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  2. William II | emperor of Germany | Britannica

    www.britannica.com/biography/William-II-emperor...

    William II, German Wilhelm II, in full Friedrich Wilhelm Viktor Albert, (born January 27, 1859, Potsdam, near Berlin [Germany]—died June 4, 1941, Doorn, Netherlands), German emperor (kaiser) and king of Prussia from 1888 to the end of World War I in 1918, known for his frequently militaristic manner as well as for his vacillating policies.

  3. Wilhelm I. (Deutsches Reich) – Wikipedia

    de.wikipedia.org/wiki/Wilhelm_I._(Deutsches_Reich)

    Wilhelm I. auf einem Porträt des Hoffotografen Wilhelm Kuntzemüller (1884) Wilhelm I., mit vollem Namen Wilhelm Friedrich Ludwig von Preußen (* 22. März 1797 in Berlin; † 9. März 1888 ebenda), aus dem Haus Hohenzollern war von 1861 bis zu seinem Tod König von Preußen und seit der Reichsgründung 1871 erster Deutscher Kaiser.

  4. Sir William de Ferrers, 1st Baron Ferrers de Groby (1272 ...

    www.geni.com/people/Sir-William-de-Ferrers-1st...

    He was born in 1272 at Yoxall in Staffordshire, the son and heir of William de Ferrers (1240-1287),[2] of Groby in Leicestershire (a significant figure in the Second Barons' War between King Henry III and Simon de Montfort, Earl of Leicester), the younger son of William de Ferrers, 5th Earl of Derby, by his second wife Margaret de Quincy ...

  5. German Empire - Wikipedia

    en.wikipedia.org/wiki/German_Empire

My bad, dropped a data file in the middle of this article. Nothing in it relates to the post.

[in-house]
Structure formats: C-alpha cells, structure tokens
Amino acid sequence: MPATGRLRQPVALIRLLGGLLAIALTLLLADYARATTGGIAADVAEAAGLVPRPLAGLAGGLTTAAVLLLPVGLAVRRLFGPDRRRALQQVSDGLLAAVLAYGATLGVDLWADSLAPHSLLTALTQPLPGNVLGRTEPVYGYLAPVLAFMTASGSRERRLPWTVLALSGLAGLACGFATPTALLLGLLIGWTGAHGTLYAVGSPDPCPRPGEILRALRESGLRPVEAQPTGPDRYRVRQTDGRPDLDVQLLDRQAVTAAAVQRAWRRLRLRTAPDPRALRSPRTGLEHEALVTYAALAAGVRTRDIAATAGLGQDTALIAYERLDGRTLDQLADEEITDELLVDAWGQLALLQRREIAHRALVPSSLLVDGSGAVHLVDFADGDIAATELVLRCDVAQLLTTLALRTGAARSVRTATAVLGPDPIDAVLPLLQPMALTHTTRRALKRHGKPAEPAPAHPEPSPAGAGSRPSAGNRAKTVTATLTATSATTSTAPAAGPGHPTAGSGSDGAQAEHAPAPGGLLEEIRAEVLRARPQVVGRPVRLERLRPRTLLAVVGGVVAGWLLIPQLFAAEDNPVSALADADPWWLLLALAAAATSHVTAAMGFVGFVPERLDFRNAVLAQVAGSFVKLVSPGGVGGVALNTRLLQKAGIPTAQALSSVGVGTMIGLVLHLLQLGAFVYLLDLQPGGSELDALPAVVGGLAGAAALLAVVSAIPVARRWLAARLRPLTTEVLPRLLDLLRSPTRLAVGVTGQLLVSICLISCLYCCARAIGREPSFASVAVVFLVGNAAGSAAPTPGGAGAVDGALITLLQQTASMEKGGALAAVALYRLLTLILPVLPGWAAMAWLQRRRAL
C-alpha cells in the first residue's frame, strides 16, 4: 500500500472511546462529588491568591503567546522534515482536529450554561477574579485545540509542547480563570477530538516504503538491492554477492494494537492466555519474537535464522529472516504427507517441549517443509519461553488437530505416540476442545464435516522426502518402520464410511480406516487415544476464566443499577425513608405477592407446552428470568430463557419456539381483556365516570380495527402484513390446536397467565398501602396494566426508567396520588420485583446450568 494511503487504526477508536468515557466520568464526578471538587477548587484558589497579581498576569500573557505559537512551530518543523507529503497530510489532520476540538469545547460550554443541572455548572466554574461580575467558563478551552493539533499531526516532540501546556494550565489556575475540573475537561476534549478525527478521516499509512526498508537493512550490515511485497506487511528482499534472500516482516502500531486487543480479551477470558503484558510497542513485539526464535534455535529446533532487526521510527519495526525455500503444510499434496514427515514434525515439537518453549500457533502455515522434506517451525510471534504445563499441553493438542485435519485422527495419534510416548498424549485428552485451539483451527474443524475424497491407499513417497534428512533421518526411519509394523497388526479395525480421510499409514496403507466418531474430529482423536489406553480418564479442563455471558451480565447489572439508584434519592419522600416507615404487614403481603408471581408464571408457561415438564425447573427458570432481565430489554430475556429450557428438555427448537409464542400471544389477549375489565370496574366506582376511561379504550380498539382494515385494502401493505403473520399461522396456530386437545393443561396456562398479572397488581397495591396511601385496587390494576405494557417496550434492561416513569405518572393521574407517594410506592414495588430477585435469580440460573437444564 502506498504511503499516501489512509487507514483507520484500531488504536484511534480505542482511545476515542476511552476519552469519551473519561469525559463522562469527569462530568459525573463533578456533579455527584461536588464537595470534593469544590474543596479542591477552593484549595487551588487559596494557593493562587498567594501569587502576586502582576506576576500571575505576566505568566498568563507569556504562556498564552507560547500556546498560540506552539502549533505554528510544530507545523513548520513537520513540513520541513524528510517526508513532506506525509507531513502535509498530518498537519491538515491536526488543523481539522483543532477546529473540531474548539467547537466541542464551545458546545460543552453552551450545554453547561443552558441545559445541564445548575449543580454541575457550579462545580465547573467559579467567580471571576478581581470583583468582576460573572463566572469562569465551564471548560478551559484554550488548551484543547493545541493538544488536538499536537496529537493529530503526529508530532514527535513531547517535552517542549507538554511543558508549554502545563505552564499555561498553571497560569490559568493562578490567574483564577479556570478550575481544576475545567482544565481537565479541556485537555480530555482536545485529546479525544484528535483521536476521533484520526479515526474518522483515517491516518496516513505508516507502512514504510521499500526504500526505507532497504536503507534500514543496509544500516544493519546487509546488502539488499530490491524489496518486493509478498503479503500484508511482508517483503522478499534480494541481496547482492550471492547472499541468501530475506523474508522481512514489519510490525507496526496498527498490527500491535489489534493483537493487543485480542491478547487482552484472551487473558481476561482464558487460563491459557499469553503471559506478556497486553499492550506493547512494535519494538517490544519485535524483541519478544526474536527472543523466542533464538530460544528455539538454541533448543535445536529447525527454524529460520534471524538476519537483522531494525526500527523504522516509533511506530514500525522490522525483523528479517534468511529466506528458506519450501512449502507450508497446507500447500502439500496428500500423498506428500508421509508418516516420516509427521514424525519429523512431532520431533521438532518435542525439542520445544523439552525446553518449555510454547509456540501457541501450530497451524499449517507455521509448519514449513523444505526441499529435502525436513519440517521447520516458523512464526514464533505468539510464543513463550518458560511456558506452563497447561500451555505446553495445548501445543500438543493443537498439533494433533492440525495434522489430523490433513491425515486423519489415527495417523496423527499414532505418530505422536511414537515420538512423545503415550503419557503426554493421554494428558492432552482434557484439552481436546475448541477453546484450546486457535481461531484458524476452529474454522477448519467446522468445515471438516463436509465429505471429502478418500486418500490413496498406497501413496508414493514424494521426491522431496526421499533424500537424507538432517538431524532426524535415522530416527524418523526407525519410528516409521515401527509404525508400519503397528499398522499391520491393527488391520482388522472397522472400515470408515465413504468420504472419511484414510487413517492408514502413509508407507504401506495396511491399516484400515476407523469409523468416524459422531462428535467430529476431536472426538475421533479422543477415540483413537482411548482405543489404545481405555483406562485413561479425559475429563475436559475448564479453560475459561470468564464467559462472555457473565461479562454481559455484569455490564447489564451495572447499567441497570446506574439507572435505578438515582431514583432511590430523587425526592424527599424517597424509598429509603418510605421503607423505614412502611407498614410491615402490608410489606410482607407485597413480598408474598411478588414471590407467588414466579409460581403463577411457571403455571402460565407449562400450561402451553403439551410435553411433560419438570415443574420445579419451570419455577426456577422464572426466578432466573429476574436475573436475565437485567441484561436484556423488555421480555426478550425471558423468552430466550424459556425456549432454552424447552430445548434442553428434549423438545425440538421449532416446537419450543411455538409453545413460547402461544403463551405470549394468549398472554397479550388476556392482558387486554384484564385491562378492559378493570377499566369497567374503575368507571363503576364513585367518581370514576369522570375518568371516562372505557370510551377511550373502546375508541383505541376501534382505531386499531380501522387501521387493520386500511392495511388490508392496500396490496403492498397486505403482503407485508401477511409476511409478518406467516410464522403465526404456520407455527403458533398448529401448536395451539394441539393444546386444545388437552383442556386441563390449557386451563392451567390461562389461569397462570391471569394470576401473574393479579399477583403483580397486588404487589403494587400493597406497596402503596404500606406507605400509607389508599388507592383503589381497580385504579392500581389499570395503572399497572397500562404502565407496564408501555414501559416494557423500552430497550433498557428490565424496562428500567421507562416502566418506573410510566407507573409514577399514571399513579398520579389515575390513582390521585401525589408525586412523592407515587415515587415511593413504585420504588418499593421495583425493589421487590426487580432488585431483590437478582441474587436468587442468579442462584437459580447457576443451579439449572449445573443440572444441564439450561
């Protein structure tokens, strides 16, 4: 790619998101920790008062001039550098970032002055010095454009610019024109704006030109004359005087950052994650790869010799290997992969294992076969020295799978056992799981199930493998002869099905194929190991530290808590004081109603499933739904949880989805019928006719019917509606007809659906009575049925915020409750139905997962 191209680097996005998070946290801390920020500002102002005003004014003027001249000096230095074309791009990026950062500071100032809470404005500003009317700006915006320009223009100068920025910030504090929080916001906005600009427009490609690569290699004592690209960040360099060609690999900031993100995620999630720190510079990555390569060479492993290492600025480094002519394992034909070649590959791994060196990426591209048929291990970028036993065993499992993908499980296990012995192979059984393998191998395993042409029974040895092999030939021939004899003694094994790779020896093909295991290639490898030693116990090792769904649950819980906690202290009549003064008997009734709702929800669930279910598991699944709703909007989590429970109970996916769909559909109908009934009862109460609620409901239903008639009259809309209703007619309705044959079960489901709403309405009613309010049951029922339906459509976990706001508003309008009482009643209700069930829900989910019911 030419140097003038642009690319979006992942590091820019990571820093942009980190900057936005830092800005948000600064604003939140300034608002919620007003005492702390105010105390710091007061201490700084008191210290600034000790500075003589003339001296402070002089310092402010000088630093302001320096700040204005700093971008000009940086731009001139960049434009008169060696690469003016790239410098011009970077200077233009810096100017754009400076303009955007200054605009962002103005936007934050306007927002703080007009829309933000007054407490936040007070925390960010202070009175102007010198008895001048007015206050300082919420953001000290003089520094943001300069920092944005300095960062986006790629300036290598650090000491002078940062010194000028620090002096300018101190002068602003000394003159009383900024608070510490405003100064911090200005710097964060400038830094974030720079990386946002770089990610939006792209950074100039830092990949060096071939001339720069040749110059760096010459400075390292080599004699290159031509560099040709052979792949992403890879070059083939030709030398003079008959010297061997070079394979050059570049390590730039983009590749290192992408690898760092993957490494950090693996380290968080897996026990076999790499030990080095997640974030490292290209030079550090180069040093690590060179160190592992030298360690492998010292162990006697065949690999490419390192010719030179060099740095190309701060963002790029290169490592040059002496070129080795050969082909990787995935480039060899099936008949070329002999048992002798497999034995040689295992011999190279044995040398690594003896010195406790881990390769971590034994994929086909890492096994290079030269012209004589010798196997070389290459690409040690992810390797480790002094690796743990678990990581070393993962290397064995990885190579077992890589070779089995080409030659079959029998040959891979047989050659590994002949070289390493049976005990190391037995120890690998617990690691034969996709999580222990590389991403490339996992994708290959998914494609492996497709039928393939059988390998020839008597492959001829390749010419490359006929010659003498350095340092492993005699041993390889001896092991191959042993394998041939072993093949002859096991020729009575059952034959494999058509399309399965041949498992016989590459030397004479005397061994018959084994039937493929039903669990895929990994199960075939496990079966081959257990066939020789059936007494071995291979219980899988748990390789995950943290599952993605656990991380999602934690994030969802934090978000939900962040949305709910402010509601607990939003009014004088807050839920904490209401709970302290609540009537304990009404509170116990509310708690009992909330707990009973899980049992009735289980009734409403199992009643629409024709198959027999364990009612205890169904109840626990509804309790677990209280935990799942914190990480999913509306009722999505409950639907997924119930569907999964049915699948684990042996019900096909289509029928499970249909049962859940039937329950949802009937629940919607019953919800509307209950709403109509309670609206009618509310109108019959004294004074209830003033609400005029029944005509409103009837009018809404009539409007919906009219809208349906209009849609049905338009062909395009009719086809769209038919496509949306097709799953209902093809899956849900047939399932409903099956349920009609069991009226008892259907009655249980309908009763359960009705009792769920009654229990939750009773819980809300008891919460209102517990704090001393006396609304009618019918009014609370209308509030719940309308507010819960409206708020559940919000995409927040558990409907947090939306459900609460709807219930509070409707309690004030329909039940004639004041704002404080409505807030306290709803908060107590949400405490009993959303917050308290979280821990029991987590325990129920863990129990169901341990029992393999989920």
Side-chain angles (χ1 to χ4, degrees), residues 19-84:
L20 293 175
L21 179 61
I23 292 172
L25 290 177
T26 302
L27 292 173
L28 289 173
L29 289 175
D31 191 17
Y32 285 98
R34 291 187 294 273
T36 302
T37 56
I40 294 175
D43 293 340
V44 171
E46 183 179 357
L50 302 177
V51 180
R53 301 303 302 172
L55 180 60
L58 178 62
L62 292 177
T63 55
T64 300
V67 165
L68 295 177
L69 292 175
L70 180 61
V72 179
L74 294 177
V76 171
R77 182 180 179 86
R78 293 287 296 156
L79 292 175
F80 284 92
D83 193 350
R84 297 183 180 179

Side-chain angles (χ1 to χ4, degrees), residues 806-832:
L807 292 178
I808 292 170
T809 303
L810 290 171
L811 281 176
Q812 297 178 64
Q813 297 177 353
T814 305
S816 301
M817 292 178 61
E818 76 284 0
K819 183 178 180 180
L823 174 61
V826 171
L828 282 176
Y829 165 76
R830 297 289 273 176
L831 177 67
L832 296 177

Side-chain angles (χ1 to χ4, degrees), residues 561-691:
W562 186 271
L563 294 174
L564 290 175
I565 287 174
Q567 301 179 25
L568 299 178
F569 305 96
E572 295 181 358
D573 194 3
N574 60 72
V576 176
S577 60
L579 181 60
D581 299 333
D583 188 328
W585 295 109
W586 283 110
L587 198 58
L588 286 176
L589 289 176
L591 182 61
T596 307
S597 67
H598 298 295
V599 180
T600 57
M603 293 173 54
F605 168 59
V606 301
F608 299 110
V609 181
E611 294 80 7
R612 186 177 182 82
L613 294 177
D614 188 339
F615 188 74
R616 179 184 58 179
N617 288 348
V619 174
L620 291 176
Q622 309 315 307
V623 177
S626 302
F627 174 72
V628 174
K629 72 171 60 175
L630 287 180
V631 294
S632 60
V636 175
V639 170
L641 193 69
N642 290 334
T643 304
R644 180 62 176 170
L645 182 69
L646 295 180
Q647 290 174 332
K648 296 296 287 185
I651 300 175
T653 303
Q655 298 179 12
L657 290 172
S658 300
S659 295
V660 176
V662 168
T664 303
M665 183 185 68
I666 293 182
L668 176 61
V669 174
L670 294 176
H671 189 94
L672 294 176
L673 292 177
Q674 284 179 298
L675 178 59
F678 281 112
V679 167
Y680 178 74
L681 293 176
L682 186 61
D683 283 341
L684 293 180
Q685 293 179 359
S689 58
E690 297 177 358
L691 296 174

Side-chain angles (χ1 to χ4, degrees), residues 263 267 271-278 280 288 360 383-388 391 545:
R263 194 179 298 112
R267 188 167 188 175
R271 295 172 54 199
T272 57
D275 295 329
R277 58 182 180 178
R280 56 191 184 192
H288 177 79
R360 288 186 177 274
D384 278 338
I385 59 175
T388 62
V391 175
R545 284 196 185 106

On 10 December 1870, the North German Confederation Reichstag renamed the Confederation the "German Empire" and gave the title of German Emperor to William I, the King of Prussia, as Bundespräsidium of the Confederation. [35] The new constitution ( Constitution of the German Confederation) and the title Emperor came into effect on 1 January 1871.

  6. Covering books and digital resources across all fields of history ISSN 1749-8155 The Kaiser and His Court: Wilhelm II and the Government of Germany Book: The Kaiser and His Court: Wilhelm II and the Government of Germany John Röhl Cambridge, CUP, 1996, ISBN: 9780521565042; 288pp.; Price: £20.99 Reviewer: Dr Alan Sked London School of Economics

  7. The seeds of destruction | The New Criterion

    newcriterion.com/blogs/dispatch/the-seeds-of...

    The ascent of Wilhelm II to the throne in 1890 signaled the end of Bismarck’s Realpolitik. The young emperor detested the aging chancellor’s political gamesmanship at home and his caution abroad. Though susceptible to vanity and insecurity, Wilhelm had genuine compassion for his subjects, whether monarchist, democrat, or socialist.

  8. Unification of Germany - Wikipedia

    en.wikipedia.org/wiki/Unification_of_Germany

    The process symbolically concluded with the ceremonial proclamation of the German Empire i.e. the German Reich having 25 member states and led by the Kingdom of Prussia of the Hohenzollerns on 18 January 1871; the event was later celebrated as the customary date of the German Empire 's foundation, although the legally meaningful events relevant …

  9. Wilhelm II, German Emperor - Wikipedia

    en.wikipedia.org/wiki/Wilhelm_II,_German_Emperor

    The German Emperor, Wilhelm I, watched as his grandson, guided principally by the Crown Princess Victoria, grew to manhood. When Wilhelm was nearing 21, the Emperor decided it was time his grandson should begin the military phase of his preparation for the throne.

  10. Belisarius, (born c. 505, Germania, Illyria?—died March 565), Byzantine general, the leading military figure in the age of the Byzantine emperor Justinian I (527–565). As one of the last important figures in the Roman military tradition, he led imperial armies against the Sāsānian empire (Persia), the Vandal kingdom of North Africa, the Ostrogothic regime of Italy, and the barbarian ...